Links: Classics and curmudgeons
SLJ’s own Rocco Staino spotlights some of the new creators of comics for younger readers who were honored with Eisner nominations this year.
Richard Bruton takes a look at the original Classics Illustrated comics at the Forbidden Planet blog, and there’s an interesting story about the marketing of the first revival of the line in the comments section. (Via Journalista.)
The folks at Nick Magazine present some samples of their annual April Fool issue.
John Hogan interviews Gene Yang and Derek Kirk Kim at Graphic Novel Reporter.
At The Pulse, Jennifer Contino talks to Joey Weiser about his mini-comic, The Late-Night Gang, which features kid versions of our favorite movie monsters. Jennifer also has an interesting column about being picked on by kids and teachers for her love of comics in grade school. And she posts some press releases about upcoming Archie and Sonic comics and new Papercutz releases.
Ray Friesen has been blogging up a storm lately at the Kids Love Comics blog. He’s looking for kids’ webcomics to review. In his latest post, he checks out the Zuda comic Celadore but finds it closer to PG-13 than all ages.
A British comic about acceptance of diversity backfires when a Christian group objects to a drawing of a boy with a cross bullying a Moslem girl in hijab. (Via Robot 6.)
This article in the The Morning Call, which serves Allentown, PA, almost seems like satire, but I think the guy is serious: He misses the good old days when teachers were like drill instructors and reading a book was the equivalent of 20 pushups. Also, comics don’t cost a dime any more, and they have boobies in them now. So therefore, using them in the classroom is evil. It’s like a mashup of every curmudgeonly writer you have ever seen. The comment thread to this post starts out OK but has a depressingly large representation from the children-should-be-forced-to-read contingent. Happily, a parent with a child in the class in question responds with a good defense of comics in school.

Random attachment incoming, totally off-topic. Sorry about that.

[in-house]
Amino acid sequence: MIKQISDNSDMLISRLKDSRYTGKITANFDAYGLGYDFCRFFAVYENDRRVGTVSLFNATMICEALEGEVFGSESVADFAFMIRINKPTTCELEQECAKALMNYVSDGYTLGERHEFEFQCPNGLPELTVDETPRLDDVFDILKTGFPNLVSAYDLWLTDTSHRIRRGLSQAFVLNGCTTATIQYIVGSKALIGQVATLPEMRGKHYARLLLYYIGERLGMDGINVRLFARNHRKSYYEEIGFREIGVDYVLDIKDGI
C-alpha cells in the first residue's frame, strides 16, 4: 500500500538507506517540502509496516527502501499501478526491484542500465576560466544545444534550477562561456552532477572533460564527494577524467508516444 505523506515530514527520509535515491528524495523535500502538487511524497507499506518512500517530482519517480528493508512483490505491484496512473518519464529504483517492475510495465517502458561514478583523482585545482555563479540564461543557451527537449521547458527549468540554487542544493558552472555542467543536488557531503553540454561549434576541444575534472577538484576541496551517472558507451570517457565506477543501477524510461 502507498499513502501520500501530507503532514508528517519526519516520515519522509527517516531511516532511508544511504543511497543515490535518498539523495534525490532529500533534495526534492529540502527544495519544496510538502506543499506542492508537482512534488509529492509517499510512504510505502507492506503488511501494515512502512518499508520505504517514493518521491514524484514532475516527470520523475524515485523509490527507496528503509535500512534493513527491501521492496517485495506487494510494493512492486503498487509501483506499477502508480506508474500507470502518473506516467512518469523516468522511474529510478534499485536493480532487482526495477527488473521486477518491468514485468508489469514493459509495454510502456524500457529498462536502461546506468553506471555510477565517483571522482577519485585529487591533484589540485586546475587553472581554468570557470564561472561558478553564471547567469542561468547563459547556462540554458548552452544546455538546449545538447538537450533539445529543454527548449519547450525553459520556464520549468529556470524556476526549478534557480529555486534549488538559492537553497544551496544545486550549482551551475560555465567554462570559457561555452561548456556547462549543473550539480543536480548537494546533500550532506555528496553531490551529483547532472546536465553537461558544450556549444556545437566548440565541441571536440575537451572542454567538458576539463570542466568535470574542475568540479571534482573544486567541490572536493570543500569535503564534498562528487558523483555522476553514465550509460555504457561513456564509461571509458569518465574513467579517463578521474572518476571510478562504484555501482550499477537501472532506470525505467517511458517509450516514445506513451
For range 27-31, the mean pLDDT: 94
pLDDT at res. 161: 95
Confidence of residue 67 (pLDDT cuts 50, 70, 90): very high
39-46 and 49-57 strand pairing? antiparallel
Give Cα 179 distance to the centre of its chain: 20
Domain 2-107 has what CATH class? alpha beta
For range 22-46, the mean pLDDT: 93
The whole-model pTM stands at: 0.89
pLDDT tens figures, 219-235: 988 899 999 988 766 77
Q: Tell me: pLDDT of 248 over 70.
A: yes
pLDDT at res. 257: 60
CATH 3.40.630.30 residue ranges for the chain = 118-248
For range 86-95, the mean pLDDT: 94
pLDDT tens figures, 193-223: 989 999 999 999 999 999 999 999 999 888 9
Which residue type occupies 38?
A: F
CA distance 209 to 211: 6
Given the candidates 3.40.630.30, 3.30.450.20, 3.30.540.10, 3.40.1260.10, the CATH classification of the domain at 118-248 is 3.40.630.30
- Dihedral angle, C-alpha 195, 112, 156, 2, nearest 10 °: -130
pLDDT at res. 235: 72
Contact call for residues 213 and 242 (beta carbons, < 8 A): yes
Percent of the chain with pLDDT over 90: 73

Youth librarian Beth Zambito, of the Adriance Memorial Library, recommends some graphic novels for children to the Poughkeepsie Journal. (Via Blog@Newsarama.)
John Hogan on Amulet, Book One: The Stonekeeper (Graphic Novel Reporter)
Lissa Pattillo on The Color of Earth (Kuriousity)
Scott Campbell on vol. 1 of Dinosaur Hour (Active Anime)
Michelle Smith on vols. 2 and 3 of Goong (soliloquy in blue)
Brigid Alverson on Luke on the Loose (Graphic Novel Reporter)
Casey Brienza on My Mommy Is in America and She Met Buffalo Bill (Graphic Novel Reporter)
Matthew J. Brady on vol. 2 of Salt Water Taffy (Warren Peace Sings the Blues)
Jeffery Klaehn on Seaguy (Graphic Novel Reporter)
Lori Henderson on vol. 16 of Skip-Beat (Comics Village)
Casey Brienza on The Super-Cool Life of Strawberry-Chan (Graphic Novel Reporter)
Sarah Miller on Tales from Outer Suburbia (PowellsBooks.BLOG)
Holly Ellingwood on vol. 6 of Vampire Knight (Active Anime)
Casey Brienza on Vidia and the Fairy Crown (Graphic Novel Reporter)
John Hogan on Zot! (Graphic Novel Reporter)
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About Brigid Alverson
Brigid Alverson, the editor of the Good Comics for Kids blog, has been reading comics since she was 4. She has an MFA in printmaking and has worked as a book editor and a newspaper reporter; now she is assistant to the mayor of Melrose, Massachusetts. In addition to editing GC4K, she writes about comics and graphic novels at MangaBlog, SLJTeen, Publishers Weekly Comics World, Comic Book Resources, MTV Geek, and Good E-Reader.com. Brigid is married to a physicist and has two daughters in college, which is why she writes so much. She was a judge for the 2012 Eisner Awards.
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